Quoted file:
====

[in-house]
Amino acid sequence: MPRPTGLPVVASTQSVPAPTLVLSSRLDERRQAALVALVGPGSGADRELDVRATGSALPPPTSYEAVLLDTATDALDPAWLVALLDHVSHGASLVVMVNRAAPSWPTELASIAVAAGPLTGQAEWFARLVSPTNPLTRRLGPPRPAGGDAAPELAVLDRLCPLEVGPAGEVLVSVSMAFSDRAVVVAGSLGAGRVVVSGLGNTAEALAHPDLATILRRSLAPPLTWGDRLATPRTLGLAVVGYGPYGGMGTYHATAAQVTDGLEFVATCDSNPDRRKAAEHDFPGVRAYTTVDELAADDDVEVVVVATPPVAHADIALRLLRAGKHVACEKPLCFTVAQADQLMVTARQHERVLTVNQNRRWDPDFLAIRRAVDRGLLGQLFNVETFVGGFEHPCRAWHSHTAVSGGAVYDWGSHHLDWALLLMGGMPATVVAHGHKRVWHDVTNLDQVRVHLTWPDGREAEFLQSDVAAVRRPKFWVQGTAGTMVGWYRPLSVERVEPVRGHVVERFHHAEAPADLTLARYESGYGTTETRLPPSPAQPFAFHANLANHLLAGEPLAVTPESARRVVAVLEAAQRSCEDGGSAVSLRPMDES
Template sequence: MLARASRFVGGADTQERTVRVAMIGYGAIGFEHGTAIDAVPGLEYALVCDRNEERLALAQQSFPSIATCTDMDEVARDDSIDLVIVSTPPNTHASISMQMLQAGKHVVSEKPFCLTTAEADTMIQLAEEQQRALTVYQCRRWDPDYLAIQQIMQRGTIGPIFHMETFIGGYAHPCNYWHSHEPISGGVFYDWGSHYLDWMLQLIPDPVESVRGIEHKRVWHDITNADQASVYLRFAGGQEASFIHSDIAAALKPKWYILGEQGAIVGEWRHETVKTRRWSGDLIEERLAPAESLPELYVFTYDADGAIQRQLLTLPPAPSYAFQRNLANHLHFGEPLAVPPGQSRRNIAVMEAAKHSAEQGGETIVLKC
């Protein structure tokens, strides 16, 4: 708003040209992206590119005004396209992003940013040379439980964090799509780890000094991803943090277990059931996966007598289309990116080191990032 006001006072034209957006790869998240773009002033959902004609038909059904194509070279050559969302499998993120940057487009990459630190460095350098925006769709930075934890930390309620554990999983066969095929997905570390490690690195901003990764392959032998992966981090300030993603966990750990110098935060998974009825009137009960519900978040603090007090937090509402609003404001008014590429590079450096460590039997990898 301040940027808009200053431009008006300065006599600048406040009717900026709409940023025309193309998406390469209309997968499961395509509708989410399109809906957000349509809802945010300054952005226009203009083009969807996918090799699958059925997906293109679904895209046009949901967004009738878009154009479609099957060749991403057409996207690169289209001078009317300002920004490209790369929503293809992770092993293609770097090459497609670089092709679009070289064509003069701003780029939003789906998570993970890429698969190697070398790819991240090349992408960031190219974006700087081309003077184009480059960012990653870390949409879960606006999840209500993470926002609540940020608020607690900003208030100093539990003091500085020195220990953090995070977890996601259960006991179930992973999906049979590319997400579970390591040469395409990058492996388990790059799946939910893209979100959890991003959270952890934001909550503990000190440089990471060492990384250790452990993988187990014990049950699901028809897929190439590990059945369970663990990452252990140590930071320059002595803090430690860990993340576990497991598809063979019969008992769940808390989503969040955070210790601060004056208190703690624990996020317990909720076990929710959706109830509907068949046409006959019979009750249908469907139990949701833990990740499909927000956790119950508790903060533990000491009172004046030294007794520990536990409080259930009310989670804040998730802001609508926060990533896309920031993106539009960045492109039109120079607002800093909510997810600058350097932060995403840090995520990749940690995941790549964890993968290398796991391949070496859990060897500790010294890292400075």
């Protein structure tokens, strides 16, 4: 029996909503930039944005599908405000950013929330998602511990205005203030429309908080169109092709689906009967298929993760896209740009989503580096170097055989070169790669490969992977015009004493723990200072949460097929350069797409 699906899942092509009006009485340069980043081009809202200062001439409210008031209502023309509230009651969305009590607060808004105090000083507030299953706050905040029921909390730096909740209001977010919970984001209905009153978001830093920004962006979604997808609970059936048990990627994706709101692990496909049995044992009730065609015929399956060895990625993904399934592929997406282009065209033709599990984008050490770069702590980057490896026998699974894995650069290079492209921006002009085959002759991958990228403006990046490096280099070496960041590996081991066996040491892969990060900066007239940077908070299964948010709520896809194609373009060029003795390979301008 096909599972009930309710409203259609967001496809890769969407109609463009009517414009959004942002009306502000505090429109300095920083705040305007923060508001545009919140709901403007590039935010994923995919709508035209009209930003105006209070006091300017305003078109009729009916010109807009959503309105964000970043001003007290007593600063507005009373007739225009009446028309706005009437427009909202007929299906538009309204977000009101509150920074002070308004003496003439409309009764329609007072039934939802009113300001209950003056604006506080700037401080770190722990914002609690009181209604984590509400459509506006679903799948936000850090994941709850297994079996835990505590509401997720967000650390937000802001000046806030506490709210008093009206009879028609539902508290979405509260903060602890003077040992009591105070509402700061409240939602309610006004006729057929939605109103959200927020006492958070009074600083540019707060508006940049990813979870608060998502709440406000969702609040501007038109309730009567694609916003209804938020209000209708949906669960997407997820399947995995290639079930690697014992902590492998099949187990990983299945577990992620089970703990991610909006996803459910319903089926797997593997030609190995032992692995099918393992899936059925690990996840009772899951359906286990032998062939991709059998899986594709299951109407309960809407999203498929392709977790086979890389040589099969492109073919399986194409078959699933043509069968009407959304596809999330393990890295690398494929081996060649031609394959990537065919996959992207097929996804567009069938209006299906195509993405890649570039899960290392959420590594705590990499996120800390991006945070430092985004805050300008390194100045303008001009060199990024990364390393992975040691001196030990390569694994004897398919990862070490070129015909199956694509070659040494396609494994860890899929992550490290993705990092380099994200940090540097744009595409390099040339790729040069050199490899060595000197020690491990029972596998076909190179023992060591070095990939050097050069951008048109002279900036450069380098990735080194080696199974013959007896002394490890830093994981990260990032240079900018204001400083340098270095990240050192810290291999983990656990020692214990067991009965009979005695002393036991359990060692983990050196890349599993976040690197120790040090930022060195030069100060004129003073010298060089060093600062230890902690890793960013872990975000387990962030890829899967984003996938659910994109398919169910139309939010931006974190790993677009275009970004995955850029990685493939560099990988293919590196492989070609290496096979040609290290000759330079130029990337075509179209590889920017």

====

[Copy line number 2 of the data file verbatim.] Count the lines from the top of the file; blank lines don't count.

Amino acid sequence: MPRPTGLPVVASTQSVPAPTLVLSSRLDERRQAALVALVGPGSGADRELDVRATGSALPPPTSYEAVLLDTATDALDPAWLVALLDHVSHGASLVVMVNRAAPSWPTELASIAVAAGPLTGQAEWFARLVSPTNPLTRRLGPPRPAGGDAAPELAVLDRLCPLEVGPAGEVLVSVSMAFSDRAVVVAGSLGAGRVVVSGLGNTAEALAHPDLATILRRSLAPPLTWGDRLATPRTLGLAVVGYGPYGGMGTYHATAAQVTDGLEFVATCDSNPDRRKAAEHDFPGVRAYTTVDELAADDDVEVVVVATPPVAHADIALRLLRAGKHVACEKPLCFTVAQADQLMVTARQHERVLTVNQNRRWDPDFLAIRRAVDRGLLGQLFNVETFVGGFEHPCRAWHSHTAVSGGAVYDWGSHHLDWALLLMGGMPATVVAHGHKRVWHDVTNLDQVRVHLTWPDGREAEFLQSDVAAVRRPKFWVQGTAGTMVGWYRPLSVERVEPVRGHVVERFHHAEAPADLTLARYESGYGTTETRLPPSPAQPFAFHANLANHLLAGEPLAVTPESARRVVAVLEAAQRSCEDGGSAVSLRPMDES